Wednesday, September 12, 2007

Credit markets, continued 
From the National Association of Homebuilders

This year’s financial market turmoil is based heavily on deep credit problems in the U.S. subprime mortgage market, and large losses are being taken on mortgage-related securities around the globe.

These experiences have reminded the investment community of credit risks in other parts of the financial markets, kicking off a broad-based flight to quality.

Some credit markets have virtually shut down in the process — the asset-backed commercial paper market is a good example — and quality spreads have opened up in most markets, including the corporate bond market.

Fortunately, the flight to quality also has driven down the entire Treasury yield curve. This has kept rates on things like prime conventional conforming mortgages and high-grade corporate bonds close to levels prevailing before the most recent round of turmoil, despite considerable widening of spreads to comparable maturity Treasuries.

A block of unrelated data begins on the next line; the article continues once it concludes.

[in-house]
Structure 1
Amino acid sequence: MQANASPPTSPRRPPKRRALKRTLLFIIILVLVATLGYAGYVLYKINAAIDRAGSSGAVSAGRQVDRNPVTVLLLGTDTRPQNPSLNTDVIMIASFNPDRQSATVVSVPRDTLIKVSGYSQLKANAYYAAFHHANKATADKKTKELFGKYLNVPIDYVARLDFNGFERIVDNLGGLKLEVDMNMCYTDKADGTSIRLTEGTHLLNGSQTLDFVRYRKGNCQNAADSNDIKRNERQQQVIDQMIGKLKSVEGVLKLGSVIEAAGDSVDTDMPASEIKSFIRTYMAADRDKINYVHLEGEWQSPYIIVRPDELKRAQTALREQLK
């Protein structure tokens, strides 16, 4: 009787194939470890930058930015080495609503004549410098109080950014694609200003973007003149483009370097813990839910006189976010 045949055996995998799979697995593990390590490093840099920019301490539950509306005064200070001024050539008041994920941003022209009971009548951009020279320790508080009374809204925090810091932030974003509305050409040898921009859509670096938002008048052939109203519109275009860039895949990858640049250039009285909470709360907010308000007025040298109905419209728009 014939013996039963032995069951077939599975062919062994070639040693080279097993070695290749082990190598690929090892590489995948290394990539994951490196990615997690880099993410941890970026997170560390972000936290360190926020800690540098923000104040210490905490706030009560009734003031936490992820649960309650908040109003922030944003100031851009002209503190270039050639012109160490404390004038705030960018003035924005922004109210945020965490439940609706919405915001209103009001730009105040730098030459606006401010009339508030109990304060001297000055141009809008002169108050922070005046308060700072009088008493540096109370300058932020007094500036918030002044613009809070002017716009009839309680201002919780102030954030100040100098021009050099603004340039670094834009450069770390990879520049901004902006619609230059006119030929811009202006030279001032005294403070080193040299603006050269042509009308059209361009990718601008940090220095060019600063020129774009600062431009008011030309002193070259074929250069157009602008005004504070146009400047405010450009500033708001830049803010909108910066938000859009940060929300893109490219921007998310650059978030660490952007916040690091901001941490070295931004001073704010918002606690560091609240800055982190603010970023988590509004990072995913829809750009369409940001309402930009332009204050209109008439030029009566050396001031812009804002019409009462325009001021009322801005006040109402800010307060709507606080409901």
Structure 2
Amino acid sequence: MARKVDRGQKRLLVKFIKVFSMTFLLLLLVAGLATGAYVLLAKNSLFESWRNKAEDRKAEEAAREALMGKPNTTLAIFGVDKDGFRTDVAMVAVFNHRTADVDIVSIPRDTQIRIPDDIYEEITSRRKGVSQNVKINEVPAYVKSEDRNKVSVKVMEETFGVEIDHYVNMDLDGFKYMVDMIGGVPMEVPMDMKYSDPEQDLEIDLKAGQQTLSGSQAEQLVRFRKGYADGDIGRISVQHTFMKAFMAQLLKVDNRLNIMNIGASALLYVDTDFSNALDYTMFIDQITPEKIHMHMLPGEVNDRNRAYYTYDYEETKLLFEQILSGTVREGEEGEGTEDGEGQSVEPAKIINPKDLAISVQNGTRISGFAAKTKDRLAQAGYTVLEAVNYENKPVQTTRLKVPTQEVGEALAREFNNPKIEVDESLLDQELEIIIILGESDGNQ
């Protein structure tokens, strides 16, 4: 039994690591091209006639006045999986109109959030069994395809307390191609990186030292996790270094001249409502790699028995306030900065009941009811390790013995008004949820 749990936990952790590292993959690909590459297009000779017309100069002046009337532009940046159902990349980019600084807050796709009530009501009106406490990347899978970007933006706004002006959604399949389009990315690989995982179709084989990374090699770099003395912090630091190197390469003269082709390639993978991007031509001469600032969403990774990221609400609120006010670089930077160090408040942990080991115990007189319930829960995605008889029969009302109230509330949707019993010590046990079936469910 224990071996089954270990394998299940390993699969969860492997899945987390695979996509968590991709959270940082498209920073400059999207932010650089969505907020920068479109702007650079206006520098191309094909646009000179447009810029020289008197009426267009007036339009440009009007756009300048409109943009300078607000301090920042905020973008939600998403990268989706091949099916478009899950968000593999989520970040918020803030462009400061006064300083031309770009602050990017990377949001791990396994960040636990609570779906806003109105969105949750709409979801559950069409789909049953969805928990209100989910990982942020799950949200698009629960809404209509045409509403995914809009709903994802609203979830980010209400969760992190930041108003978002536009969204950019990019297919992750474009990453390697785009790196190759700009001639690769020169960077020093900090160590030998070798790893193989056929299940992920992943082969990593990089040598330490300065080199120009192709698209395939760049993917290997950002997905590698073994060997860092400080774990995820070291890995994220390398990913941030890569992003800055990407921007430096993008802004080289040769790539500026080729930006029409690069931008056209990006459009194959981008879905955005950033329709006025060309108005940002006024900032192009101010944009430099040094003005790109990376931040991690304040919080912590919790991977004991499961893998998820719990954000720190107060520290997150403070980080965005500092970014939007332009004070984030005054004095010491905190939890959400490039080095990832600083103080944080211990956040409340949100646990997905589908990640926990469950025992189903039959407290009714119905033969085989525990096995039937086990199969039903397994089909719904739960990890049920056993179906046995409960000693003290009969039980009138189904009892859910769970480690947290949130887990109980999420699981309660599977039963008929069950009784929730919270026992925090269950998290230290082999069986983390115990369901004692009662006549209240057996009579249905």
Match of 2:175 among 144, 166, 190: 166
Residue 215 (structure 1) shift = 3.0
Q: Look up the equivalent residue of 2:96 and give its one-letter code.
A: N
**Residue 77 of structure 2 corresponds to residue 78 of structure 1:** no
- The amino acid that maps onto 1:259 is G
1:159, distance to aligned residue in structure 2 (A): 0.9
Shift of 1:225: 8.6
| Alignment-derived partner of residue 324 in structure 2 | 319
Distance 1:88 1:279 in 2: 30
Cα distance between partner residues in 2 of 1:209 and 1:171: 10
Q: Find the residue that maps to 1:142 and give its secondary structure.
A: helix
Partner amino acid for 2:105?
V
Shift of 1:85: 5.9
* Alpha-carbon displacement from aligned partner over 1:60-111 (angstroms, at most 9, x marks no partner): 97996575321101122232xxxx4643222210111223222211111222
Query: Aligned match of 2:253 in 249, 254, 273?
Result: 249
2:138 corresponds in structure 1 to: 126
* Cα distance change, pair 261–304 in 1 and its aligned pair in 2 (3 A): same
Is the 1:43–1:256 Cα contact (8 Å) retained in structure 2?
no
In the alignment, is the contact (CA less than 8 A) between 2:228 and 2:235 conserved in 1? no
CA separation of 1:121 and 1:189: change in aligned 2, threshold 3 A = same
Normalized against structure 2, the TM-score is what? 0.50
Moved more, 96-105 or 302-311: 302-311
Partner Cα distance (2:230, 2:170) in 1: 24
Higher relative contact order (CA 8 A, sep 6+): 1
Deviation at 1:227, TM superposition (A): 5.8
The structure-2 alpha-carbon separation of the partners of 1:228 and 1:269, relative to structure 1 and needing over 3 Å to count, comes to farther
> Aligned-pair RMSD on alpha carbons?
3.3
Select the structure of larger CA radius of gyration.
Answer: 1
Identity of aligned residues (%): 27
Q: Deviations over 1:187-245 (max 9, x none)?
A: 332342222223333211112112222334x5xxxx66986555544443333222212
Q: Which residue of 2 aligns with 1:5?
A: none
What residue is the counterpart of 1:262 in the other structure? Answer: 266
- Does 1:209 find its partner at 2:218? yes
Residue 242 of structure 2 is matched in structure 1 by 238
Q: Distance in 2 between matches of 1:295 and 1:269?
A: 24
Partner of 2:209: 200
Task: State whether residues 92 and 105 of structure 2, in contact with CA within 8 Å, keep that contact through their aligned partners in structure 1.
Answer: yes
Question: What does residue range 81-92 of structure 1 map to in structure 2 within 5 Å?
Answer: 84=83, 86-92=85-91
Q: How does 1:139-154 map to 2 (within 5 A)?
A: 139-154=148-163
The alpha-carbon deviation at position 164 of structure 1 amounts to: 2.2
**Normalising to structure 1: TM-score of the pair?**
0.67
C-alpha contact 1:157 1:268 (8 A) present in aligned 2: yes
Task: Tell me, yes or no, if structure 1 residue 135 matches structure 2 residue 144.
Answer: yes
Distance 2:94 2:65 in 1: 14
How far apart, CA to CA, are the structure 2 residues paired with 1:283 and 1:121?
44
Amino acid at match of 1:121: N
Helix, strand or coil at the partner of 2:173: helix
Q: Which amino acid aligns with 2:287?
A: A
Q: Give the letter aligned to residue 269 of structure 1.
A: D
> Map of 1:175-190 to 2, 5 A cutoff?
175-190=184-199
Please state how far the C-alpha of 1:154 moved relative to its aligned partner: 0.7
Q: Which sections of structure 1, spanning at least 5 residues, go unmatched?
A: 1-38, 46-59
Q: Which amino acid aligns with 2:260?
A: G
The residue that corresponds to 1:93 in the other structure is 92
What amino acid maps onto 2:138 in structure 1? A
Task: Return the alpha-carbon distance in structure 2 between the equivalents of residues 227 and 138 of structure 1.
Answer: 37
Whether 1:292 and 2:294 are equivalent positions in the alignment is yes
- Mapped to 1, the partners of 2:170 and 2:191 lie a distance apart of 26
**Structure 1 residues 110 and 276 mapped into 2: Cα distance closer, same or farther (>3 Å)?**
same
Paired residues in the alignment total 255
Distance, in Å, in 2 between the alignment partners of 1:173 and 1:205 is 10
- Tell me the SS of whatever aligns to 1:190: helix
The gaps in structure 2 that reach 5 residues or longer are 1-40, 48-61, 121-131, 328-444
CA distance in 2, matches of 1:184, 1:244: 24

But most other rates have risen in absolute terms — including rates on subprime, Alt-A and jumbo mortgages as well as rates on lower-rated corporates.

These changes definitely are cutting into housing market activity and overall economic growth.

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